The Liberals will tell you it’s about gender equality and helping the middle class. But what the 2019 federal budget is really about is growing the debt and shifting priorities towards women and minorities.
That’s what Finance Minister Bill Morneau told us Tuesday as he delivered the federal budget in the House of Commons.
The federal deficit is expected to be $18.1 billion for 2018-19. So much for Prime Minister Justin Trudeau’s promise to balance the budget by 2019-20. Morneau says the budget deficit will fall to $12.3 billion by 2022-23, but can we really take these Liberals at their word? And what are they going to tell us about balancing the budget now?
The budget aims to increase the participation of women in the workforce, part of a longer-term plan to grow the economy and brace for the consequences of an aging population.
But does that mean there will be more people in the workforce or just less men?
CBC’s Kathleen Harris puts it this way: “…women are the big winners, with money targeting new parental supports, gender equality and anti-harassment initiatives, as well as measures to promote pay equity.”
Morneau said the goal isn’t simply fairness — it’s also to shield Canada’s long-term growth and labour market from the effects of a changing demographic.
“We believe that Canada’s future success rests on making sure that every Canadian has an opportunity to work, and to earn a good living from that work,” he said. “And that includes Canada’s talented, ambitious and hard-working women.”
But what’s all this mean for Canadian men?
“The Liberal government wants to increase the participation of women in the workforce — and that includes jobs that have traditionally dominated by men,” The Financial Post reports. “The federal government will allocate $19.9 million over five years, for a pilot apprenticeship incentive grant to provide women with up to $6,000 while training in male-dominated skilled trades, such as welding or pipe-fitting. Other measures include $1.4 billion over three years from the Business Development Bank in new financing for female entrepreneurs and $105 million over five years to help the regional development agencies support women-led businesses.”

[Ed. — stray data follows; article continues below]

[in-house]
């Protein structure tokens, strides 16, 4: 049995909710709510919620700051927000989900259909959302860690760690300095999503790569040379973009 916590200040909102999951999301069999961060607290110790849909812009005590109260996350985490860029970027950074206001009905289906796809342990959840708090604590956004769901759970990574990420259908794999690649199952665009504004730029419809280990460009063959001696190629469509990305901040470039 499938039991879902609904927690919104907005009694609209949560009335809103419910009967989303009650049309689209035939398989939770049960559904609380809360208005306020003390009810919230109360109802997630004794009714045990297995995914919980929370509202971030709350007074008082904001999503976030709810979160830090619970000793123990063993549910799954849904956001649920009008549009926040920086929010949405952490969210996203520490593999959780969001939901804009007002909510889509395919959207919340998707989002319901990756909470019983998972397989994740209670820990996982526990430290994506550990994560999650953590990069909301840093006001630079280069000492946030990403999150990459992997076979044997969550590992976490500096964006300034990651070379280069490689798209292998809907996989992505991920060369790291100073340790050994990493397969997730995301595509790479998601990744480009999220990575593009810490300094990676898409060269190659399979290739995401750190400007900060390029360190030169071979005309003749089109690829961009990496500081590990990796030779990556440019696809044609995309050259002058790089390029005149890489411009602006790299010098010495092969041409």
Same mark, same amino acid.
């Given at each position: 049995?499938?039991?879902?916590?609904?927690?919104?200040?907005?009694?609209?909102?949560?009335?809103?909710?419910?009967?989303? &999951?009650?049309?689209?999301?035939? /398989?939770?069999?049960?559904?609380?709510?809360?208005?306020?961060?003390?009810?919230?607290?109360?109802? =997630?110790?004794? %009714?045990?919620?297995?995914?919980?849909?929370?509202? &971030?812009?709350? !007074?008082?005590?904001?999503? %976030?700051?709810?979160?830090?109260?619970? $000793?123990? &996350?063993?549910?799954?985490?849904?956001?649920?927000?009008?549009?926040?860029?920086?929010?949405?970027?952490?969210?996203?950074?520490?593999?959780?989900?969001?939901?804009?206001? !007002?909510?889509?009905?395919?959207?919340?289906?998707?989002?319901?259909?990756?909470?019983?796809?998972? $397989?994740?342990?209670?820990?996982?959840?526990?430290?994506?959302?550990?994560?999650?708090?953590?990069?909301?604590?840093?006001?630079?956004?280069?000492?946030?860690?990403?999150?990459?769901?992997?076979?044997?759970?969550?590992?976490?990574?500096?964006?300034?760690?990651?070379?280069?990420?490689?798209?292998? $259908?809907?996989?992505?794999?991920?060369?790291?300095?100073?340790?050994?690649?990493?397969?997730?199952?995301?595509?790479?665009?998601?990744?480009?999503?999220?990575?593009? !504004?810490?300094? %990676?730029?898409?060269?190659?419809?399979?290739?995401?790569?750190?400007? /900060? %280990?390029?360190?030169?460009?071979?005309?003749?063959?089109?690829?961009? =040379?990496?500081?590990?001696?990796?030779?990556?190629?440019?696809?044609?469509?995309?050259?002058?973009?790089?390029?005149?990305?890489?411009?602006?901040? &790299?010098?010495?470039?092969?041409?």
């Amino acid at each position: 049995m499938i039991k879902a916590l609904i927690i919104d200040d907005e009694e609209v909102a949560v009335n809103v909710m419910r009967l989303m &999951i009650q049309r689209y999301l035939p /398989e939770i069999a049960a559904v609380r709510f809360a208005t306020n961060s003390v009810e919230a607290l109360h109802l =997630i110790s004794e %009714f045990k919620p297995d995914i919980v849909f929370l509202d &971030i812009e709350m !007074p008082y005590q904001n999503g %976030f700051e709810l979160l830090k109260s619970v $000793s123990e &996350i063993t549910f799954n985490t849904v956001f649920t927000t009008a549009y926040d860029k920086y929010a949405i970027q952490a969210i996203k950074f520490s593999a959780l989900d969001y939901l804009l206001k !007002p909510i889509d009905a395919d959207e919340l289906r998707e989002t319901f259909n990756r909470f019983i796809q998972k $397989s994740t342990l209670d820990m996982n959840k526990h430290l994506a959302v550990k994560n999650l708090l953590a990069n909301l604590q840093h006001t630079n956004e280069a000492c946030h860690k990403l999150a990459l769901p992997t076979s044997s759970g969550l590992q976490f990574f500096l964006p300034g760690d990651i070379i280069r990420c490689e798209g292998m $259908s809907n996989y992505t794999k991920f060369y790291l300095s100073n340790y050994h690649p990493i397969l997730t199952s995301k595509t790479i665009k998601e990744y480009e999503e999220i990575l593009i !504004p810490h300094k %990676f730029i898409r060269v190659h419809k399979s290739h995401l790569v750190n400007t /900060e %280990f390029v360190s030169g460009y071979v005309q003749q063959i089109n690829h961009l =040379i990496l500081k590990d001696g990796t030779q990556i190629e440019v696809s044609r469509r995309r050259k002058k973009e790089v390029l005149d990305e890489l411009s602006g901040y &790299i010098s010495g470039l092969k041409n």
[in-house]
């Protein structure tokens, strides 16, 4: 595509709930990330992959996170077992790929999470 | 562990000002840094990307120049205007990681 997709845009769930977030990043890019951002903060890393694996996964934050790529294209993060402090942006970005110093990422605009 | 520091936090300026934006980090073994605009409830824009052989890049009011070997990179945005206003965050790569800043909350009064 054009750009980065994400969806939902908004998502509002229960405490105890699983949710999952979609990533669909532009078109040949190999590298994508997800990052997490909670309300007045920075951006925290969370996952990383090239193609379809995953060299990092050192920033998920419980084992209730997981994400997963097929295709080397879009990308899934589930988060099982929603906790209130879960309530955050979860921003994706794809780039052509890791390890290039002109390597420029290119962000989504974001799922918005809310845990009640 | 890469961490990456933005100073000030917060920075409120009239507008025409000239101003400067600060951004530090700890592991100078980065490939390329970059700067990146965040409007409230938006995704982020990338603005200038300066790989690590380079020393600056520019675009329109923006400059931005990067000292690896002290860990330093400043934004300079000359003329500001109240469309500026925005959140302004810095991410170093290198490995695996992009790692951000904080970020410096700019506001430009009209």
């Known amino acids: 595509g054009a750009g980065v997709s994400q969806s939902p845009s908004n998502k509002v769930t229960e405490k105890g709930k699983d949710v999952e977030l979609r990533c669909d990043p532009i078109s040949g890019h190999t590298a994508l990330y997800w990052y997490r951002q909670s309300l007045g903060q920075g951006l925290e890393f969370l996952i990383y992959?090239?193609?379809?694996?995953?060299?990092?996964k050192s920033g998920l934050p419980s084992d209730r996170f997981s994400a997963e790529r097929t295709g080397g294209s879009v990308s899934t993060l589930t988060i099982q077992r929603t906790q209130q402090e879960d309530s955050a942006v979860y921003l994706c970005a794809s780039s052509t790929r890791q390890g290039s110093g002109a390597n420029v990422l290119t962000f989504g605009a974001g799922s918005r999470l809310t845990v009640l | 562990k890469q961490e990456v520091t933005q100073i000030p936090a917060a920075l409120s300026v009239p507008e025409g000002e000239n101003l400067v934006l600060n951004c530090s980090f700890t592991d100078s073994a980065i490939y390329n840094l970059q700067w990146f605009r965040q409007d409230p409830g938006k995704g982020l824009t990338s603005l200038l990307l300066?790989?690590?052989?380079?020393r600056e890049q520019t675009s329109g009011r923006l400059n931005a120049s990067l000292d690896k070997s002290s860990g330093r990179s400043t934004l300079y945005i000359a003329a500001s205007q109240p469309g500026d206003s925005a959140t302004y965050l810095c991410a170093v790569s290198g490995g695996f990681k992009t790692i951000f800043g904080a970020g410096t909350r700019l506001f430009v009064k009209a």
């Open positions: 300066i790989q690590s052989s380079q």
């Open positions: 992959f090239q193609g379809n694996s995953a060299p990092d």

OK, let’s ask the question again: What’s this mean for Canadian men?
There’s no clear answer to that in this budget.
“The Liberal government is also committing to increasing its overseas humanitarian aid budget by $2 billion over five years, which the budget says will be focused on supporting women and girls through its feminist international development policy. The budget also includes $20.3 million over five years to settle 1,000 more refugee women and girls from conflict zones around the globe,” the Financial Post story continues.
So maybe the question shouldn’t be who are the big winners in this budget, but rather who are the big losers. And clearly those are Canadian men, especially Canadian men out of the workforce with the focus now shifting to employment equity.
But, oh almost forgot, there was one plum for Canadian men in this budget.
Men will now be entitled to paternity leave. That’s right men can stay home to take care of children now too.
The new, federal paternity leave is modelled after Quebec, where dads can take up to five weeks of paternity leave. The province has seen the number of new fathers claiming or hoping to claim the benefit increase to over 85 per cent since implementing the measure. That compares to less than 15 per cent in the rest of Canada.
But Quebec’s paternity leave covers up to 70 per cent of income, which Policy Alternatives Analyst David Macdonald told Global News, is a major reason for the program’s large uptake.
Ottawa’s less generous model will help couples, but likely won’t see the same kind of participation rate among fathers that Quebec’s did, Macdonald said.
The budget sets aside $1.2 billion over five years for the paternity leave program and nearly $345 million a year thereafter. It will be formally known as EI Parental Sharing Benefit.
The new leave is expected to become available in June 2019.
But while there were some goodies in this budget for both women and men, there is still no clear answer on when the government plans to balance its books, only more projections. And we all know how the Trudeau government’s projections have worked out so far. All you have to do is look back on that now infamous broken promise to balance the budget by 2019-20. It’s not going to happen. It likely will never happen during the Trudeau government’s years in power.
Stephen D. James is a Senior Politics Reporter at Debate Report covering provincial and national politics, . Before joining Debate Report, Jeff worked on several provincial campaigns including Jack Layton. Stephen has worked as a freelance journalist in Toronto, having been published by over 20 outlets including CBC, the Center for Media and VICE.com.